So. Book #19 and I’m rolling along quite nicely. One week ahead of schedule. I saw this book a long time ago, thought it was about the problem of being nocturnally creative. Not so. Even better, it’s a scientific approach to what drives people to write, and takes a historical approach. From Kafka’s hypergraphia to Robert Louis Stevenson’s 5 day cocaine binge when he wrote Dr. Jekyll & Mr. Hyde, so far the spectrum of examples are extraordinary. It’s highly scientific and wordy, but after Eno, it’s an easy read.
Spent 4 hours Saturday/Sunday morning hurtling through the book….
I found it at times to be an uncomfortable read, like I was using â€œreading musclesâ€ that had never before been flexed. Always sore, wanting to go back to using my usual muscles that were already toned and flexible. The subject matter was foreign, the person someone I couldnâ€™t relate to in any way. I felt trapped in a foreign country with no money, no map, and all I could do was pick an arbitrary direction and start walking, but always curious about what was around the next corner…. And I kept walking, all the way to the last page. I saw and heard amazing things, and very much enjoyed the hardship. But Iâ€™m glad itâ€™s over.
My own journal writing is more frequent and reads better.
Amazed at Eno’s ability to transfer his thoughts to the written word. It seems nothing is lost in translation. Whereas my mind and my pen donâ€™t hear each other at all (in certain areas), let alone proper translation. I have the same problem with drawing and penmanship. Mind/Body disconnect.
I listen to music differently.
It transformed a very minor part of me, but completely.
I’m not even 30 pages into Brian Eno’s diary and I’m blown away. I’m blown away by how much detail is in his writing. It wasn’t until October of that year that he considered publishing the diary and already, it being the 3rd week of January, he’s writing as if the world will read it. But in his mind I’m sure he believed nobody would ever see it.
He hangs out almost daily with David Bowie. I’m not a big Bowie fan, but the conversations and descriptions of the work they do in the studio and how Bowie thinks creatively is really amazing.
It seems like on a daily basis he has so much free time. He’ll work 3-4 hours in the studio then spend of the rest of the day shopping, or at museums, art galleries, parks, friend’s houses. And the way he writes about it, he’s so insightful about people, so active. Everyday he writes and everyday the energy and profundity jumps off the page. To read, it’s exciting and draining at the same time as my own fatigue has overwhelmed me these last few days.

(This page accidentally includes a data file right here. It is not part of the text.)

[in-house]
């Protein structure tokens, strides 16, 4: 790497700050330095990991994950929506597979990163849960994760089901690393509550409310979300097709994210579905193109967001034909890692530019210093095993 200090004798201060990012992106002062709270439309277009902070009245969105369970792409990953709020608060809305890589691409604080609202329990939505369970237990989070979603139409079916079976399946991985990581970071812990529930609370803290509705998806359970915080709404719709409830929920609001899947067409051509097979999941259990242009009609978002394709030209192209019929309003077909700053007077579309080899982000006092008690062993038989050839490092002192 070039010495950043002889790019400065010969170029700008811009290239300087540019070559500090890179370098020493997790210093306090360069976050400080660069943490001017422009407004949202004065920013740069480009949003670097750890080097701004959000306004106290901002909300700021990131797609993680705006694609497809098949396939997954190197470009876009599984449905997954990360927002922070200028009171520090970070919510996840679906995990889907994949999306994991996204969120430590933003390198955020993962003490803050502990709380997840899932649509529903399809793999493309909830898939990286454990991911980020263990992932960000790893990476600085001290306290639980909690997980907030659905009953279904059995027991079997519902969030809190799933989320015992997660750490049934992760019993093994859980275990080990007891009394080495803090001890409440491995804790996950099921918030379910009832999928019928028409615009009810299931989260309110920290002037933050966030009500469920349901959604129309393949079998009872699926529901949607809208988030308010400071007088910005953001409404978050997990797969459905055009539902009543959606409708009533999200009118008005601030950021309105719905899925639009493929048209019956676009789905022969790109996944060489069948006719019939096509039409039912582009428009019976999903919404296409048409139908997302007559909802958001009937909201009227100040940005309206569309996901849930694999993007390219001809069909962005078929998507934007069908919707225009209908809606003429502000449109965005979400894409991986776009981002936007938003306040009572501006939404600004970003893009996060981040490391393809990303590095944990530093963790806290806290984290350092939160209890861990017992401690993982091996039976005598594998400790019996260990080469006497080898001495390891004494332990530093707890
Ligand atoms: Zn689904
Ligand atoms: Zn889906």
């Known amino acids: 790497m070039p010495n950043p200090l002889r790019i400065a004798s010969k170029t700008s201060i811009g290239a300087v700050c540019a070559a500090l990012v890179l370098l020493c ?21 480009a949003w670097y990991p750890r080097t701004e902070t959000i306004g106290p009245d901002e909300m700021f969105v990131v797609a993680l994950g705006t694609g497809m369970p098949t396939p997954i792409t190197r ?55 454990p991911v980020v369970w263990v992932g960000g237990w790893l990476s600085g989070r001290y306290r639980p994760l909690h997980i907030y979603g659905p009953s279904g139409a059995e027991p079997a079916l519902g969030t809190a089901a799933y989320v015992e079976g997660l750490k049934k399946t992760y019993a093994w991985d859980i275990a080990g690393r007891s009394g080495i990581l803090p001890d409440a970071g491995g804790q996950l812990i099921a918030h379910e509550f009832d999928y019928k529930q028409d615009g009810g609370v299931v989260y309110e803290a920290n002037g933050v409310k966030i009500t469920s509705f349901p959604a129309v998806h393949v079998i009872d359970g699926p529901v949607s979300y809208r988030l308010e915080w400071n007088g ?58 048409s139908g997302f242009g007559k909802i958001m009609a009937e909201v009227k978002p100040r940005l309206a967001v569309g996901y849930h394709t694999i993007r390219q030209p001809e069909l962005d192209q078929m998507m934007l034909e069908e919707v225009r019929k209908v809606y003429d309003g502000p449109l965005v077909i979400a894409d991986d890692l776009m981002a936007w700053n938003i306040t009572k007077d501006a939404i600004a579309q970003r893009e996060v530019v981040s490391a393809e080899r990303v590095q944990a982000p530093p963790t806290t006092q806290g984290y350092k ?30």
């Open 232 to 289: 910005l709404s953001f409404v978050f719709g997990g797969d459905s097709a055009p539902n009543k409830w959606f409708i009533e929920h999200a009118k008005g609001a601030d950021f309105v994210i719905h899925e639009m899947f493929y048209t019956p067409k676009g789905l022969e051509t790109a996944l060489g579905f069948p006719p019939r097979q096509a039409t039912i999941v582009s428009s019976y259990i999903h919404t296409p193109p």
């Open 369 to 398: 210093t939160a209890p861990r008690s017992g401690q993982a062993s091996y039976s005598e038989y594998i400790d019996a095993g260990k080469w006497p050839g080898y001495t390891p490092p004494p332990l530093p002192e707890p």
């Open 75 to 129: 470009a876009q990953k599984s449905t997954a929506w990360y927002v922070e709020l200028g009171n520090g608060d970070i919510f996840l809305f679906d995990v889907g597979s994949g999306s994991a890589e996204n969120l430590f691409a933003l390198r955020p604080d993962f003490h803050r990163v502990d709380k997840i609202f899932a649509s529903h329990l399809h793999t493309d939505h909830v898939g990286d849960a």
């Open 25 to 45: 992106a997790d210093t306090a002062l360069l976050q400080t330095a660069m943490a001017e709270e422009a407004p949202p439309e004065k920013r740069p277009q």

It’s not a book to use as a comparison to one’s own life, that is for sure. What is an average day for him I’ll have only a few times a year. And I don’t mean what happens during the day, I speak mainly of the energy, the creative spark, the ability to create something out of nothing. It’s fantastic.
A couple recent books have got me thinking about my journal. I’ve kept a steady journal for about 3 years now. But no matter how hard I try it always seems to turn into a “comment box” that only gets negative responses, or complaints. Reading my journal is not something I do much. Lots of negative crap in there.
Anything I write that has any depth or meaning behind it, usually goes on one of my blogs. So if you follow my blogs at all, and have seen the “good stuff”, you can see how badly I need to learn to write, and keeping a better more profound journal is the simplest way to begin that process.
With that in mind I purchased the seemingly rare A Year With Swollen Appendices by Brian Eno. It’s his diary. It’s out of print so I paid a pretty penny, but something tells me it will be worth it. Brian Eno is many things, but most notably a producer, having worked with David Bowie, David Byrne, U2 (including producing Joshua Tree), James, Coldplay, etc… As his Wiki page states, he is known as the “father of ambient music”
It’s a long book, over 400 pages. But I know I’ll enjoy it, and I’ll TAKE MY TIME (which has been difficult lately). At the same time, I’ll write in my journal things that happen that are important, not petty and easily forgotten, and thus, Brian Eno’s book has already had an effect.
Just a quick update: an email I received from Daniel Nettle. See post http://resolution52.com/irritated-by-this-little-tidbit for initial post.
To my embarrassment I have no idea what I meant either. My excuse is that I am away from home and donâ€™t have access to my copy to check the context, but off the top of my head, who knows? Perhaps it was a pretentious way of emphasising that art creates a shared experience (between Stefan and us, the viewer). On the other hand, donâ€™t underestimate my ability to have just written it down wrong or something. However, in the event that I work out something deeper that I meant, Iâ€™ll let you know.
It’s cool that he took time out of his schedule to address my email, and even cooler that he gave a simple shrug and the “I have no idea either”. But still keeping the option that there may be a deeper answer that without the context of the essay itself he has forgotten.
So I’m through with Things I Have Learned So Far and all the related correspondence. We’ll see what answers we can get there.
My next book is David Sedaris’s When You Are Engulfed In Flames. I don’t have to be at work for 4 hours, since it’s 5 AM right now, so I’m starting the book now.
Previous Sedaris favorites include:
- Me Talk Pretty One Day
- Dress Your Family In Corduroy and Denim
All were a joy to read. I’m expecting nothing less from this one.